Classic Roast Chicken and Gravy
Keep it simple, the classic roast chicken is something everybody should know, straightforward it may be, but nothing quite beats the sight and smell of a golden crispy skinned chicken, served with bacon wrapped chipolata sausages, velvety bread sauce, sage and onion stuffing and oodles of gravy."Enjoyed this recipe it was easy to follow and came out exactly like I wanted it too!! Try it for an easy dinner!" - rosannaschneider
Yield: 6 Ready in 1 hours, 45 minutes
favorite of 351 people 177 people want to try
|1 1/2 kilogramChicken; (You can now get some excellent organic and free-range birds fro|
|170 gramsButter; melted|
|1 Onion; coarsley chopped|
|2 Carrots; chopped|
|1 Lemon; halved|
|1 bunchFresh Thyme|
|-- For the Gravy --|
|1 tablespoonPlain flour|
|250 millilitersChicken Stock; (if you don?t have any stock we find that the new Knorr stockpot|
Classic Roast Chicken and Gravy Preparation
Heat the oven to at 220 ?c, 425F, gas mark 7.
Have a shelf ready in the middle of the oven without any shelves above it. Spread out the vegetables over the bottom of a roasting tin.
Season the cavity of the chicken generously with salt and pepper, then stuff with the lemon halves and thyme.
Rest the chicken on the vegetables, and brush all over with the melted butter, and then season the outside with salt and pepper.
Place in the oven and leave, in peace, for 10 minutes reduce the heat to 190?c, 375F, gas mark 5, and then cook for 1 hour and 10 minutes this will produce you with a perfectly roasted chicken, golden and crisp on the outside and hence succulent on the inside. To check, pierce the thigh with a skewer and the juices should run clear.
Remove the roasting tin from the oven and, using a pair of tongs, lift the chicken to a platter or board to rest for between 12 and 15 minutes. As you pick up the platter, permit any juices from the chicken to pour out of the cavity into the roasting tin.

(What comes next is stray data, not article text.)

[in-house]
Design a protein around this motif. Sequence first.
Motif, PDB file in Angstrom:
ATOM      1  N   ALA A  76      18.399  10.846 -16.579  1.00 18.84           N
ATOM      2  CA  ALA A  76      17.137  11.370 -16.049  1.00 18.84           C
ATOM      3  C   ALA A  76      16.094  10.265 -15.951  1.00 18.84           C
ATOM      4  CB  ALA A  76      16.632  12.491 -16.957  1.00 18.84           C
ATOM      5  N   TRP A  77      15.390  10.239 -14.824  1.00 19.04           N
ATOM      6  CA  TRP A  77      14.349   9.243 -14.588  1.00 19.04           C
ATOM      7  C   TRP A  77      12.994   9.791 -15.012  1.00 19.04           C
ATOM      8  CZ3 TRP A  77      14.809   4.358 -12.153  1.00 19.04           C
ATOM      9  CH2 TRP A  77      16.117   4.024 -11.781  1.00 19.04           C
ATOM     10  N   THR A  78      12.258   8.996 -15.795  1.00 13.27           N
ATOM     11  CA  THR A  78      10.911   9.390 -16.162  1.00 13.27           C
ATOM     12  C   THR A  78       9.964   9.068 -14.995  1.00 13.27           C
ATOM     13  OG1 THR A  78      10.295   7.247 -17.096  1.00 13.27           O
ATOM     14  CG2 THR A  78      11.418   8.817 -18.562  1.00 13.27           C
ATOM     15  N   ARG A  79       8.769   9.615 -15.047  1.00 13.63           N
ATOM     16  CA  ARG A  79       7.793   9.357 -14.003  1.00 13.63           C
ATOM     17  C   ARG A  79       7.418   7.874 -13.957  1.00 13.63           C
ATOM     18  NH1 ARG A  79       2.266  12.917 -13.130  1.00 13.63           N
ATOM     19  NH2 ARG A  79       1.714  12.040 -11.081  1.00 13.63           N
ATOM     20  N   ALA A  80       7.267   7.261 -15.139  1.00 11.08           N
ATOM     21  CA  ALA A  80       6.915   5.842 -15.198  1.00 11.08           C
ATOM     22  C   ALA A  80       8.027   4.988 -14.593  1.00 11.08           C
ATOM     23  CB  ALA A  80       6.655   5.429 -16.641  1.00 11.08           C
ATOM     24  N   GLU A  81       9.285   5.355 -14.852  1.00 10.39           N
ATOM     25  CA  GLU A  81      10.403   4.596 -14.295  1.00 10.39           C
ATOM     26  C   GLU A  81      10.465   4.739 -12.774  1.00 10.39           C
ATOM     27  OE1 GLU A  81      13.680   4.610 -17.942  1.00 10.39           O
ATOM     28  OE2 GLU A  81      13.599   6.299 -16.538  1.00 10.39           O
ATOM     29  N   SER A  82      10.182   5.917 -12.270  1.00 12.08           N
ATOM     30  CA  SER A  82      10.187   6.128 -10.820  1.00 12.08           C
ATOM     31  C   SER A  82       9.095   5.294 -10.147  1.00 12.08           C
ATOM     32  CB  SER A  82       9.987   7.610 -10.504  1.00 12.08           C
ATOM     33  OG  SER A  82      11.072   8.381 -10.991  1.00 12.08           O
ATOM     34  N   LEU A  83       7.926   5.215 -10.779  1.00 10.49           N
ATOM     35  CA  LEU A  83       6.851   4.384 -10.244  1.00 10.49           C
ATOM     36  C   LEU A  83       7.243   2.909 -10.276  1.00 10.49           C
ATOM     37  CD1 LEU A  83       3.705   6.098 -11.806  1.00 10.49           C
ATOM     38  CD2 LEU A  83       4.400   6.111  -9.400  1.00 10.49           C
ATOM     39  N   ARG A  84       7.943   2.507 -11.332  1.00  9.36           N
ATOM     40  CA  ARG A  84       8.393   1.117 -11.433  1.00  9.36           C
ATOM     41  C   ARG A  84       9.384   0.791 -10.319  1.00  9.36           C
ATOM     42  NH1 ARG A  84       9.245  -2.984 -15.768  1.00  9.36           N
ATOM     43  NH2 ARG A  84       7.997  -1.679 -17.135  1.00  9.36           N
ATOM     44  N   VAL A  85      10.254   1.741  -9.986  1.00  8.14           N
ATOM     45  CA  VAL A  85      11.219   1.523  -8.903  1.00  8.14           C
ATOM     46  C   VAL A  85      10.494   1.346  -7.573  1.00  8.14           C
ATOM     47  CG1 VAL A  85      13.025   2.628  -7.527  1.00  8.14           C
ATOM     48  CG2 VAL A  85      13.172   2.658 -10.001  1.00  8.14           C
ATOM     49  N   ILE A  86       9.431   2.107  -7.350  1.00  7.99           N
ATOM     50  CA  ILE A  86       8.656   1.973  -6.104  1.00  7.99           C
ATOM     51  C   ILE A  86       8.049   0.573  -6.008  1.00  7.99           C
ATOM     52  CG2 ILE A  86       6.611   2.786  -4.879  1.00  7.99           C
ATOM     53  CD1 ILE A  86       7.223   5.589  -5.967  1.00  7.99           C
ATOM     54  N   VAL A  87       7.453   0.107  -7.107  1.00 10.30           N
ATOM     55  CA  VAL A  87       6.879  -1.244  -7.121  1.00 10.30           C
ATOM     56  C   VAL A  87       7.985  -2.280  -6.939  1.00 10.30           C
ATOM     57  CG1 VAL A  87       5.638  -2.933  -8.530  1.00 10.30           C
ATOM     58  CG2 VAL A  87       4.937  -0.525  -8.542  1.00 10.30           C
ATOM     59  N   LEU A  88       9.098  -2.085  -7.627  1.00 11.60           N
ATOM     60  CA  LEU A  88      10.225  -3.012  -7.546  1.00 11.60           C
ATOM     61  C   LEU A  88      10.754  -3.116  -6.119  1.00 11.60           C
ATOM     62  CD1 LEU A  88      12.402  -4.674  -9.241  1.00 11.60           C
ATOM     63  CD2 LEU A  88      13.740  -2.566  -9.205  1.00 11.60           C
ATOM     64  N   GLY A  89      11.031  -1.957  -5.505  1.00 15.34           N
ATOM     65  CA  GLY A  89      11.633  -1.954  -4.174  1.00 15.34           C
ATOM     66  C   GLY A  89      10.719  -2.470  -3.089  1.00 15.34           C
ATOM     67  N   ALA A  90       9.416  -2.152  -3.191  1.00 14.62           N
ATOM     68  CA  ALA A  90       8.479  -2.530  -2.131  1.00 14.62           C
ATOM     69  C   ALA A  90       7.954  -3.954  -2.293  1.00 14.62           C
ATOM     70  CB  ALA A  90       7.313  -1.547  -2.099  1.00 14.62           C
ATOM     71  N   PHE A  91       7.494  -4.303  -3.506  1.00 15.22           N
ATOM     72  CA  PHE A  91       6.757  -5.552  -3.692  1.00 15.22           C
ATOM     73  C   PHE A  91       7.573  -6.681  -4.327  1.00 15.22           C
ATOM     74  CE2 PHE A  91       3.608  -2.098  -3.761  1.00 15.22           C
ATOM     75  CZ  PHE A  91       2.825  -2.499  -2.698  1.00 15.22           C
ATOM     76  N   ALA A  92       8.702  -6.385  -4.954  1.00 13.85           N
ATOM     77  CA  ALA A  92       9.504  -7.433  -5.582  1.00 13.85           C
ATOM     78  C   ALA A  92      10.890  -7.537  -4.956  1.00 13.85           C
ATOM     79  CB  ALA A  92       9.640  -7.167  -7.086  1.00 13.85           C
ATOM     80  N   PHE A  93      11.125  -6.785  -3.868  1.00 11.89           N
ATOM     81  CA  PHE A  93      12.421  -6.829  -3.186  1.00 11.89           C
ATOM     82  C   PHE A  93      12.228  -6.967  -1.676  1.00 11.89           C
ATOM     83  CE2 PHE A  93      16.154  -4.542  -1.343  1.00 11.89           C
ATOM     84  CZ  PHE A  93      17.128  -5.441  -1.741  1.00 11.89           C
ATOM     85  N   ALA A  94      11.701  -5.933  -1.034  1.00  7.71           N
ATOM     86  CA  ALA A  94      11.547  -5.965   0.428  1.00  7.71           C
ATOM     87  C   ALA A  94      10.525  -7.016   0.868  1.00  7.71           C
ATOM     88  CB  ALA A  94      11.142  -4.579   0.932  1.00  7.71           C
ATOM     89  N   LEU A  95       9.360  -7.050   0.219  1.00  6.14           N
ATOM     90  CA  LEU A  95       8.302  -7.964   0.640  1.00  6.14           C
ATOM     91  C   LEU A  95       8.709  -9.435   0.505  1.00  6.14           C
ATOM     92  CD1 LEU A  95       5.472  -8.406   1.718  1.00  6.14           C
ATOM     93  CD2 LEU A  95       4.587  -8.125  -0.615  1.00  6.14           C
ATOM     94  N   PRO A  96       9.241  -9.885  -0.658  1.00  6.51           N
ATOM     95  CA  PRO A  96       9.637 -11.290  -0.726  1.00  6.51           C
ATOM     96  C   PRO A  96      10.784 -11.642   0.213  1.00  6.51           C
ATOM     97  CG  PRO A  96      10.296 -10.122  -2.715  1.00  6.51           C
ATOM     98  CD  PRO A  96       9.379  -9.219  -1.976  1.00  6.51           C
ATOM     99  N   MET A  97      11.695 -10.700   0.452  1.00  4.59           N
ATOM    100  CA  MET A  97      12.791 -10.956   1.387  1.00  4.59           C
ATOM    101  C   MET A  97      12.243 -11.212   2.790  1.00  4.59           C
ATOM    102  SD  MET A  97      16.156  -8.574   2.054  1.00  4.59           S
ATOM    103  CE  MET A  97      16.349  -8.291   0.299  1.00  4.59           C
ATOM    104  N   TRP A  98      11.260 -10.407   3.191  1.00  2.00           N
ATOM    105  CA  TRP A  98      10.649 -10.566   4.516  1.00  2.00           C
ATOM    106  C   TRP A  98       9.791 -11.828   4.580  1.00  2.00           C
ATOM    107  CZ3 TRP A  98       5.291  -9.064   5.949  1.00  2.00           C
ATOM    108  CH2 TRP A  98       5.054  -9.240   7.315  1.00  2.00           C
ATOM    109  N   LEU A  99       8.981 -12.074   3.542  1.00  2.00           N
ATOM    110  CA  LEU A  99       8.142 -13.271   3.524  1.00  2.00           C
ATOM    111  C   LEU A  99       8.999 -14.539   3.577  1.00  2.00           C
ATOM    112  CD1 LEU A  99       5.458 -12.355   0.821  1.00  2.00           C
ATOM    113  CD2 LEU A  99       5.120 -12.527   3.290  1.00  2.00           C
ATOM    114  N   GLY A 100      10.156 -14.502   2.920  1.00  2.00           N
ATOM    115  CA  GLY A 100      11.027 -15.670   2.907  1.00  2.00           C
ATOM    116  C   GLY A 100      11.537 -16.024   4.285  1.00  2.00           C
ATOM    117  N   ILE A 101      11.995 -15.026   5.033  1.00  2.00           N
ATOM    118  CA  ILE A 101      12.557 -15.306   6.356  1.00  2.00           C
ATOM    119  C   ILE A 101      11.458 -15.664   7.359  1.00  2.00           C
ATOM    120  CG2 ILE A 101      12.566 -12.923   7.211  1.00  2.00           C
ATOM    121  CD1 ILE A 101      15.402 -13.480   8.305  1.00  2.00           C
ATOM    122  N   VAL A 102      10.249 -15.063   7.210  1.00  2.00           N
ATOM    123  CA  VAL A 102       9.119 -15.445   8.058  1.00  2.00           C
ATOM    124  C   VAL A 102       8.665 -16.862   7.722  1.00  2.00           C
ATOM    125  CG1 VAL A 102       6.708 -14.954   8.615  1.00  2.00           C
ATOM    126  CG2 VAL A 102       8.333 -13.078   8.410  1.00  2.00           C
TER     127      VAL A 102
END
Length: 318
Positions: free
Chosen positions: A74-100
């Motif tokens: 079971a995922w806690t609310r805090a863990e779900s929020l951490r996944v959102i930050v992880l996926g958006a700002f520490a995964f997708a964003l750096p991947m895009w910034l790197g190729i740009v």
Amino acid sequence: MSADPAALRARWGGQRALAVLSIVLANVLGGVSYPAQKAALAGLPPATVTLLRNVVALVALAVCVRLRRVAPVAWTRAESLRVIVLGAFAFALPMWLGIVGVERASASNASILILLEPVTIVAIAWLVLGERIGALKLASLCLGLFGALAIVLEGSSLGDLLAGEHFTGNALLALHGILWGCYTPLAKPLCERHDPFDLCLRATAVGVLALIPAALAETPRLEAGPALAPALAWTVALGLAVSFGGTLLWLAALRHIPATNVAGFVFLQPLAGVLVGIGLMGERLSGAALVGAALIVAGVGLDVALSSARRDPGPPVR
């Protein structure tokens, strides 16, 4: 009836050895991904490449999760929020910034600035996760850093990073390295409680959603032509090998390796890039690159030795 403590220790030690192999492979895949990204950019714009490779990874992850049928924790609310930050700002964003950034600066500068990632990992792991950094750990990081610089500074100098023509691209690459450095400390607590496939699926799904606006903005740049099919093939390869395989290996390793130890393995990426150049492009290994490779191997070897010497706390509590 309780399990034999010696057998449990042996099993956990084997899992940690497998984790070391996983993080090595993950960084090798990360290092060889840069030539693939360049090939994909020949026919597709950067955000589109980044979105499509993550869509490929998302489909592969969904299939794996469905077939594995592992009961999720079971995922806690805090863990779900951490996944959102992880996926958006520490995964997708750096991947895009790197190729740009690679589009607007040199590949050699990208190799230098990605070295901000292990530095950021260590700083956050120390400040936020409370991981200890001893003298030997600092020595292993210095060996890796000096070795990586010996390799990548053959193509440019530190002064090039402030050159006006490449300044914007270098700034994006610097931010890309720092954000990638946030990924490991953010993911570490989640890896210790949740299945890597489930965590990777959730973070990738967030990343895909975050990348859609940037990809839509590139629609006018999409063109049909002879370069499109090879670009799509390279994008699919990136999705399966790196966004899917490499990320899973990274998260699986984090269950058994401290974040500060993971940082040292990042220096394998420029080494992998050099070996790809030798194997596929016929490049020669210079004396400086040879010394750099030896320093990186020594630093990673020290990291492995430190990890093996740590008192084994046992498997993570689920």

While the chicken is resting, make the gravy, place the roasting tin over a low flame, then stir in the flour and sizzle until you have a light brown roux. Slowly tip in the stock, stirring all the time, until you have a thickened gravy, simmer for 2 to 3 minutes using a wooden spoon to stir, scraping any sticky bits from the roasting tin.
Strain the gravy into a small saucepan, then simmer and season to taste, as soon as you carve the bird, add any extra juices to the gravy.
Enjoy with all the trimmings, roasties, and vegetables.
These days, we have a decent array of chickens. If you want the cheap and cheerful alternative, it?s still there, but for the greatest taste, it is worth paying a little more for corn-fed, organic, or free-range chicken. The flesh will be less flabby, too, as the bird has had a chance to wander around; building up muscle and with muscle there is texture and heaps of flavour.
For the best results, cook the chicken for 10 minutes, then turn the oven down to 190?c, 375?f, gas mark 5 and allow 45 minutes per kilo, plus 20 minutes. Serve 300 grams oven-ready weight per person, slightly less if you want leftovers for chicken salad or sandwiches the next day, which we always do.
One of the main dangers when cooking chicken is the risk of salmonella. To avoid this, always defrost a chicken thoroughly, and stuff the neck end only (not the cavity) and make sure it is cooked through (to do this, insert a skewer into the thickest part of the leg and if the juices run clear, the chicken is cooked). A good tip is to cut through the skin between the legs and the breasts halfway through cooking.
When stuffing the neck cavity only add this to the total weight before roasting, a halved lemon or onion, or a few fresh herb sprigs in the cavity will add to the flavour, for that classic golden crispy skin brush the chicken with melted butter before putting into the oven.
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